HOW TO VISIT SOMEONE IN A NURSING HOME Part 2

I told you I’d forgotten something! More tips on how to make your visits richer.

TALK STRONGER, NOT LOUDER

If the person you’re visiting is hard-of-hearing, try this simple trick: Get closer! Move so you can speak directly into their ear. Often this is all they need, and you may not need to speak any louder.

If you do have to speak louder, go up in increments. I can’t tell you how many times I’ve seen visitors and staff go from normal voice to YELLING. It always startles the client (and me!) so much, they nearly jump out of bed.

SING

Or hum, or bring a CD of their favorite music. This is especially nice if someone is non-verbal. Our brains are hardwired for music (and art, by the way.) If you don’t believe in miracles, test yourself by watching this short clip of an elderly man restored to himself through the power of music.

Don’t be afraid to be silly. One client was only conscious a few minutes each day, and spent most of her time semi-conscious or asleep. I’m not good with remembering lyrics, so I sang the only song I could think of: Come Away With Me, Lucille, in My Merry Oldsmobile. In my defense, I was in a lot of gay ’90’s (that’s 1890’s!) musical revues in high school, and I love the word “automo-bubbling”….

Janey (not her real name) roused, opened one eye and glared at me. “Just how old do you think I am?!” she asked indignantly.

TURN OFF THE TV

I don’t think I need to explain this one. You think the electronic babysitter is just used on kids?!

It’s especially heartbreaking to see how deeply affected clients are by having non-stop soap operas blasting all day. Some of the actually incorporate the dialogue into their dreams and memories. One day a poor gentlemen told me that people were angry at him, and yelling. He’d confused the the evil plots and cruel machinations of a daytime soap with real life.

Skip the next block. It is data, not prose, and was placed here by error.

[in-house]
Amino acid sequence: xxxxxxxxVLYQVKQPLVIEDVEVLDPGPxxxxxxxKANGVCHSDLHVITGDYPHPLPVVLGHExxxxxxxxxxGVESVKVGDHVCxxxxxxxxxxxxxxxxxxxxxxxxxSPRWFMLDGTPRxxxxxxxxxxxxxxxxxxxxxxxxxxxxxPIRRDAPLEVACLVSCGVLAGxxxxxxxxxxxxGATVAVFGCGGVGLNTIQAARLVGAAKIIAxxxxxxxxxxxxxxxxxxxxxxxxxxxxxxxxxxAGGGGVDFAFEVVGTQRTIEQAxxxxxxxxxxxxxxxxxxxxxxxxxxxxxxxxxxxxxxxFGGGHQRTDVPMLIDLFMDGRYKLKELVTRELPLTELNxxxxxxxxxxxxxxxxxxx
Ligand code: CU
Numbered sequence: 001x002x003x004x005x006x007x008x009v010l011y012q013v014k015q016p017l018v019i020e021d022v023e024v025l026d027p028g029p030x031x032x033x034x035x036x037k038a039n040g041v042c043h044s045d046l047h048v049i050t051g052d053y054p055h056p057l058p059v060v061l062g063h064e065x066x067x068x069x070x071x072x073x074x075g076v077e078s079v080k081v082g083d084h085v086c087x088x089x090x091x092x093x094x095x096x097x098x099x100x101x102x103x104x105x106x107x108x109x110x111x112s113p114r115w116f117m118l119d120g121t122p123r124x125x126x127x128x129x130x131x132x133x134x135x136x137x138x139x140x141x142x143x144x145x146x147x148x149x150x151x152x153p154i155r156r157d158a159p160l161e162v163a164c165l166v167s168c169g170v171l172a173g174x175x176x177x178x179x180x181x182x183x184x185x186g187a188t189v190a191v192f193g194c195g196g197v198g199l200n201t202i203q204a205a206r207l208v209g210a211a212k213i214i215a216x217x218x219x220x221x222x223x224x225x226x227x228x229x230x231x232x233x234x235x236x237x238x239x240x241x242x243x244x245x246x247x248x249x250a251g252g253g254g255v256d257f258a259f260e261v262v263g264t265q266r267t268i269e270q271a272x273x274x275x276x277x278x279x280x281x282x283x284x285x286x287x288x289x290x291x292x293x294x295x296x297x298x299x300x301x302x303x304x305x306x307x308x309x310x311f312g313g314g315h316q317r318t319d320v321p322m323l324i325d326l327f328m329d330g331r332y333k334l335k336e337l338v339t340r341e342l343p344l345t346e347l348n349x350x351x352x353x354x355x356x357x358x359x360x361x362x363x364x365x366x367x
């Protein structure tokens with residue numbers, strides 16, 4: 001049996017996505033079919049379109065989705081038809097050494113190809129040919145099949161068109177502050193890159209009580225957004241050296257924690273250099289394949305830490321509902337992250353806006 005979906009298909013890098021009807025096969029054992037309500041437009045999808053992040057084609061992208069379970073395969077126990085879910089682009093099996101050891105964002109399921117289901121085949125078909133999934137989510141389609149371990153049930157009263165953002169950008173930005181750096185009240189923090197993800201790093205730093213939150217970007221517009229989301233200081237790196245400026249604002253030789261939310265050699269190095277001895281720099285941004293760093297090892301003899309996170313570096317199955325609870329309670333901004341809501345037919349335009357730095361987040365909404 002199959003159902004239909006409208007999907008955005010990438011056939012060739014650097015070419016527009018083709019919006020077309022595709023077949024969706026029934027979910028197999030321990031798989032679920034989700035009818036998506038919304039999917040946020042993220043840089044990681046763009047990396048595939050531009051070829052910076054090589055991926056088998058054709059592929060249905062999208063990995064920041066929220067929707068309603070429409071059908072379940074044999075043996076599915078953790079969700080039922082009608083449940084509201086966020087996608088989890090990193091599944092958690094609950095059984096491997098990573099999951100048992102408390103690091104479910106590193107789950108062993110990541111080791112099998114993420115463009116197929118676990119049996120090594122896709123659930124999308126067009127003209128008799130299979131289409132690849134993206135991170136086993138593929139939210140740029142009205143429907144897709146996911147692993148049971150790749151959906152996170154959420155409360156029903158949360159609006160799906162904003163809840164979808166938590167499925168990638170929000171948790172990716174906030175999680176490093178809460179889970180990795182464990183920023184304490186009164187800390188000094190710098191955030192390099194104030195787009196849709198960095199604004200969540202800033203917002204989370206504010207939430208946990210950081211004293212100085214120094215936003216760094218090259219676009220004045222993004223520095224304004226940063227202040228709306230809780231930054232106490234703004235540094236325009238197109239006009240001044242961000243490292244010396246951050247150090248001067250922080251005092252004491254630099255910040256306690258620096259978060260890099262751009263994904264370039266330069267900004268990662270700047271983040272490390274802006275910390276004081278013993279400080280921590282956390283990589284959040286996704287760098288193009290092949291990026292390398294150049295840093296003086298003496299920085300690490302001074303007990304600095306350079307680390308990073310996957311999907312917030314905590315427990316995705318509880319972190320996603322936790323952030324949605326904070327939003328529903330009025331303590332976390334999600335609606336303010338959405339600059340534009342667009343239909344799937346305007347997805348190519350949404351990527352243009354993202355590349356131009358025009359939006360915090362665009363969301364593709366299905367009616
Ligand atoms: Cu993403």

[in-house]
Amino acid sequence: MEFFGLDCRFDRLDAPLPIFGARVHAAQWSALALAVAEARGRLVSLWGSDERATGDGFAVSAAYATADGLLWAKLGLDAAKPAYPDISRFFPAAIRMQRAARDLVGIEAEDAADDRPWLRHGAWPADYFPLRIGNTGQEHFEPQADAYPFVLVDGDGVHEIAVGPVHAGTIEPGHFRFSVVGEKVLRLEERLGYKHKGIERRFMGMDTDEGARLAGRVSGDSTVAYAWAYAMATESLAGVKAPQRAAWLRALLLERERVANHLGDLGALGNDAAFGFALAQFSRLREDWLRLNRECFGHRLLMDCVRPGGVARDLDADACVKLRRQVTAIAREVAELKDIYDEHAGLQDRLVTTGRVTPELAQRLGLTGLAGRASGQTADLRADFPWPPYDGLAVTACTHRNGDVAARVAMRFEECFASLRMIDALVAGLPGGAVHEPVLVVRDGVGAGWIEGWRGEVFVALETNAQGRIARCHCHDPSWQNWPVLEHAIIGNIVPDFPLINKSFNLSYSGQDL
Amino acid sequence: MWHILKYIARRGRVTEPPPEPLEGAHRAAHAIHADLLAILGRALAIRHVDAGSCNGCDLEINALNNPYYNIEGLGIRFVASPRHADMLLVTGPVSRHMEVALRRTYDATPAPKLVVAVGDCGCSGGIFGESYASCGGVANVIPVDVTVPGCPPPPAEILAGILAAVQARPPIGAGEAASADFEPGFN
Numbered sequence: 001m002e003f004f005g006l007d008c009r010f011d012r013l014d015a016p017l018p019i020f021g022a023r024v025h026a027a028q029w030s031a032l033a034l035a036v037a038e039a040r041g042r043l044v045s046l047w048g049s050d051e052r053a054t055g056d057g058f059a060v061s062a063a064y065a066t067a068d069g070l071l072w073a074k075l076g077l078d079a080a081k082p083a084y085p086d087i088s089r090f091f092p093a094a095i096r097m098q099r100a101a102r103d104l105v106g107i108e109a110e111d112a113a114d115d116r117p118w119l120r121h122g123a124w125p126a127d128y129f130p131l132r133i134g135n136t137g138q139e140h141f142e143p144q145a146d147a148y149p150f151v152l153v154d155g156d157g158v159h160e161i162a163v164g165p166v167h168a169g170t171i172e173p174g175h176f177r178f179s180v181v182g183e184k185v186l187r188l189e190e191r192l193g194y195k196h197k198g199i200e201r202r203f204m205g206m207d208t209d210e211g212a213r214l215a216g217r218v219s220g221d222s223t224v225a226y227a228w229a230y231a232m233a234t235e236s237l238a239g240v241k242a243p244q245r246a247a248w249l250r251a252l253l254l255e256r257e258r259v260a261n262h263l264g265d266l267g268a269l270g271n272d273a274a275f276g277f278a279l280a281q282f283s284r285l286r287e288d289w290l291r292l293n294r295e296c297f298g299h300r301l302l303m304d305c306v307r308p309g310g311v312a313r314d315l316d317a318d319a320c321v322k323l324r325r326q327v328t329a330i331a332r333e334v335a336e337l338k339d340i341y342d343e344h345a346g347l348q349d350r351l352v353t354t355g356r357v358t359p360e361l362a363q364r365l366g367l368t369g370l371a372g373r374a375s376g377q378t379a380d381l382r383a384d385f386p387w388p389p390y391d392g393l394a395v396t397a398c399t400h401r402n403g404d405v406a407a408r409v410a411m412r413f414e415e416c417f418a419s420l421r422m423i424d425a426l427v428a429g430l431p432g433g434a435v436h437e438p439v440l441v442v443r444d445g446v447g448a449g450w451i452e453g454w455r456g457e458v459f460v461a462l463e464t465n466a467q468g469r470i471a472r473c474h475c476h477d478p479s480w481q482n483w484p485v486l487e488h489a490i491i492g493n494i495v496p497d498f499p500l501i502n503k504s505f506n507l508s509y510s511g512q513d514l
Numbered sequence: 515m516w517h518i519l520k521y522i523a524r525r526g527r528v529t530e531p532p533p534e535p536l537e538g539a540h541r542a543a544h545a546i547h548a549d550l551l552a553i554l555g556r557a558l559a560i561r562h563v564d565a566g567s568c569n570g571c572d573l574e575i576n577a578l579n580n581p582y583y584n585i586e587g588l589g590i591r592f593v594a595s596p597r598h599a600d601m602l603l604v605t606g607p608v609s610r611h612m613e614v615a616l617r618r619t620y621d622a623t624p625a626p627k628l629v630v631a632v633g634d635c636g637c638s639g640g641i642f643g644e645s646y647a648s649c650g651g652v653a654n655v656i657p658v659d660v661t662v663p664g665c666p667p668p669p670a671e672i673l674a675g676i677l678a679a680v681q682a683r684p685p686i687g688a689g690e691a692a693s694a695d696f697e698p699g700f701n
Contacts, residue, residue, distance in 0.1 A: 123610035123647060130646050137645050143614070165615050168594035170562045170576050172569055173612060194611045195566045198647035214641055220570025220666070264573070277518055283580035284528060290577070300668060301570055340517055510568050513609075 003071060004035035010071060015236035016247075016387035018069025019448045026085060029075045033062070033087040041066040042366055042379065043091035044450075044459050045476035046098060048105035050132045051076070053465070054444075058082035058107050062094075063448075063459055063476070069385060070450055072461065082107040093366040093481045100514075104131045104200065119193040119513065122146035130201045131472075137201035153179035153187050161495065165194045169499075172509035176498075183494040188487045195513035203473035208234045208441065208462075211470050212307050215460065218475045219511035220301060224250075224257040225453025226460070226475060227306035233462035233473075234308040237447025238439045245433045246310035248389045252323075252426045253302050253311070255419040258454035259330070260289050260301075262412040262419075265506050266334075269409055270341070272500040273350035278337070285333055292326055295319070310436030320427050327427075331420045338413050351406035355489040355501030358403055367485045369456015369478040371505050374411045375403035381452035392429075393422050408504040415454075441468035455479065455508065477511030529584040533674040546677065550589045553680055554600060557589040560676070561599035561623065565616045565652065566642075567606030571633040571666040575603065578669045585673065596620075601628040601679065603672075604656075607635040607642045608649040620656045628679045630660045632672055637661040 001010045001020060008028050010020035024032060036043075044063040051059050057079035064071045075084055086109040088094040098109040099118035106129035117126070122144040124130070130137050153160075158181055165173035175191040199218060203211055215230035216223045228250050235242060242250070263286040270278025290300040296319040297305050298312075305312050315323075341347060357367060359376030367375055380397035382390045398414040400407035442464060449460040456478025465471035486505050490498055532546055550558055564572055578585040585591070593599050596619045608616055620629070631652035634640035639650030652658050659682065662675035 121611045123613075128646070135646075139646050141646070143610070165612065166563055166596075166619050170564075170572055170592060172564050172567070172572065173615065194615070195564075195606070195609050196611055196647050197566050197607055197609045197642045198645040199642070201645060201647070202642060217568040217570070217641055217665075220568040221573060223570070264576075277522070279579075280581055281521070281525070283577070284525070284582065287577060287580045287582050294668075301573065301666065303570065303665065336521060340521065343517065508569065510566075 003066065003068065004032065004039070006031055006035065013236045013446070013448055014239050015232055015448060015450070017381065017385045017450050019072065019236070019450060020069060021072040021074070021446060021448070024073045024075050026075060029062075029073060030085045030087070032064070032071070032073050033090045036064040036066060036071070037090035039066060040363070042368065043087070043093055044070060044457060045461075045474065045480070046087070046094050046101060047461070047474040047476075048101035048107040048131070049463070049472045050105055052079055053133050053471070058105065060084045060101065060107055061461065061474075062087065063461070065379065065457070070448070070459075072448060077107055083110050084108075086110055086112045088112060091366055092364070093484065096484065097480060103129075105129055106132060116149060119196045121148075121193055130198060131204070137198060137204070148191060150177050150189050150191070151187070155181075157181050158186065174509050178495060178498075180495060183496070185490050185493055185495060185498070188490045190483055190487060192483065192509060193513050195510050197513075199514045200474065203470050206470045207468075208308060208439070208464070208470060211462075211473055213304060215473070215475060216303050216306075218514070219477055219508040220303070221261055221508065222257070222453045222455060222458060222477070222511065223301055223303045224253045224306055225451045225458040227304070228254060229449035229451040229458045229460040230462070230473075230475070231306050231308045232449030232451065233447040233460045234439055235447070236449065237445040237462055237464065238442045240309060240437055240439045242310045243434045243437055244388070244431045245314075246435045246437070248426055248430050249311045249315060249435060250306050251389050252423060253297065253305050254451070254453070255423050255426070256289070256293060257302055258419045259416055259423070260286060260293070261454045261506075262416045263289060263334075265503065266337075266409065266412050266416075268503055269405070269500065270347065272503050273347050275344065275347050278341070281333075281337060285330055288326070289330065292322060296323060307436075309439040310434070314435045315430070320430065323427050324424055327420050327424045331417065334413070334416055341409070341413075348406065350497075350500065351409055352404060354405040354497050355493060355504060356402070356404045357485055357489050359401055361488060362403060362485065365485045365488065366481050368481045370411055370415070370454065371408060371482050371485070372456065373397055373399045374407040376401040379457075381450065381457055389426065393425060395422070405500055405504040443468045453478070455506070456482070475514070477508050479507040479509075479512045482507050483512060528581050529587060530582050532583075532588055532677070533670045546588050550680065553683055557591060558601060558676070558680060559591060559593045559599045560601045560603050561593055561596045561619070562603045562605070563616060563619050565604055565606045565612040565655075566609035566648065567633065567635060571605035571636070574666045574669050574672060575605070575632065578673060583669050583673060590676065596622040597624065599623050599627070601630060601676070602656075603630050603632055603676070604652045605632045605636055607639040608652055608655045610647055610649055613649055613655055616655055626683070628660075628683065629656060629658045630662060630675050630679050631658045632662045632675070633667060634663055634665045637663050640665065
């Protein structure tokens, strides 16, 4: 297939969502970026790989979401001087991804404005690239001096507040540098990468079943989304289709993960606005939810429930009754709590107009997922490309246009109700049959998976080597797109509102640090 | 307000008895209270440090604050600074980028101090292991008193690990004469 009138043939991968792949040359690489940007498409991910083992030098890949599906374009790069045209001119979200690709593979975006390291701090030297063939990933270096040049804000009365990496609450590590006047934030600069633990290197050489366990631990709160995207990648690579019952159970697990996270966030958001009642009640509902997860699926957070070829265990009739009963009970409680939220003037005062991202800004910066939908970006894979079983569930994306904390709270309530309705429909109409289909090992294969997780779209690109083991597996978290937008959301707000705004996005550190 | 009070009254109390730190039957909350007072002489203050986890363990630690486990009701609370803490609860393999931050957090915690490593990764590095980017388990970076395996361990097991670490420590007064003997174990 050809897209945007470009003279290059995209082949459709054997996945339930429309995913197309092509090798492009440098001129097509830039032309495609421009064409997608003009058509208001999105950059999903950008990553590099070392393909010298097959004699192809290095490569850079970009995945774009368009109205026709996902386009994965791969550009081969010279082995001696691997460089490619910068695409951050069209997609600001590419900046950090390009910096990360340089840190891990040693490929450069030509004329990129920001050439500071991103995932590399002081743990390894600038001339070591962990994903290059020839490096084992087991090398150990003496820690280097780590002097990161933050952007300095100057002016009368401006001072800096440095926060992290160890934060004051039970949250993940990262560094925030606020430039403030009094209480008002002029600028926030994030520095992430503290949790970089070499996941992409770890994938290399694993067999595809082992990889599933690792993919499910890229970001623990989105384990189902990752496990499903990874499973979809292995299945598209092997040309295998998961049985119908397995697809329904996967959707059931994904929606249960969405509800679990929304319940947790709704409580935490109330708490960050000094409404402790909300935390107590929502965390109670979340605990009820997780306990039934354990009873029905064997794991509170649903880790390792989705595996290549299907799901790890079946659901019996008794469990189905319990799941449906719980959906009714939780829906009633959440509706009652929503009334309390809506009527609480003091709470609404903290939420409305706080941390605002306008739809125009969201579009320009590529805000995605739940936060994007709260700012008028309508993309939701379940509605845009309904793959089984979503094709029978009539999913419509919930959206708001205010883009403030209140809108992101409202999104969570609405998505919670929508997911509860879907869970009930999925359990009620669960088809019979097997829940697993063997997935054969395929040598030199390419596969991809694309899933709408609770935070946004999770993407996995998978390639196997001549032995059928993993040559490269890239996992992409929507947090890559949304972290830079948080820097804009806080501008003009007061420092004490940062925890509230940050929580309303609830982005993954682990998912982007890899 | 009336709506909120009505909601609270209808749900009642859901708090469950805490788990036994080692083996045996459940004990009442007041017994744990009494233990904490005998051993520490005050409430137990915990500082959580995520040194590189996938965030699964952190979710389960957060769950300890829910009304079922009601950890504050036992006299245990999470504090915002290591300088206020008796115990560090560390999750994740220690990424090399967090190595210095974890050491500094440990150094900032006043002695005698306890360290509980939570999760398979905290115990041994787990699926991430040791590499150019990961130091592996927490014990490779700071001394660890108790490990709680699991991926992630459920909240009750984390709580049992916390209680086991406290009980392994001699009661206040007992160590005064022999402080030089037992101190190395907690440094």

PICTURES ARE WORTH A THOUSAND WORDS

If you have pictures of you and your friend together, bring ’em! Or ask them about the photographs they have on display. Usually these are ones they cherish and brought with them, or they are important photos their other friends and family have brought. Photos can be powerfully evocative.

NO GUESSING GAMES

Even people with plenty of cognitive aptitude can get confused. Poor eyesight, compromised hearing, being roused from sleep….Have mercy! Good Lord, no one likes it when a stranger turns up at a party and says, “Do you know who I am?” or “Do you remember me?”

Don’t ask them to guess who you are–tell them! “Hello, Frannie, my name is Luann. I’m Mary’s oldest daughter, the one who lives in New Hampshire.” Or, “Hello, Mrs. Brown, I’m Bill Meyers. I was your student when you taught second grade at Houghton Elementary School. I’m the boy who brought a snake for show-and-tell, and it got loose in the classroom!” Trust me, she’ll remember you.

For more great suggestions, visit JazznJewelry’s excellent comment to my previous post.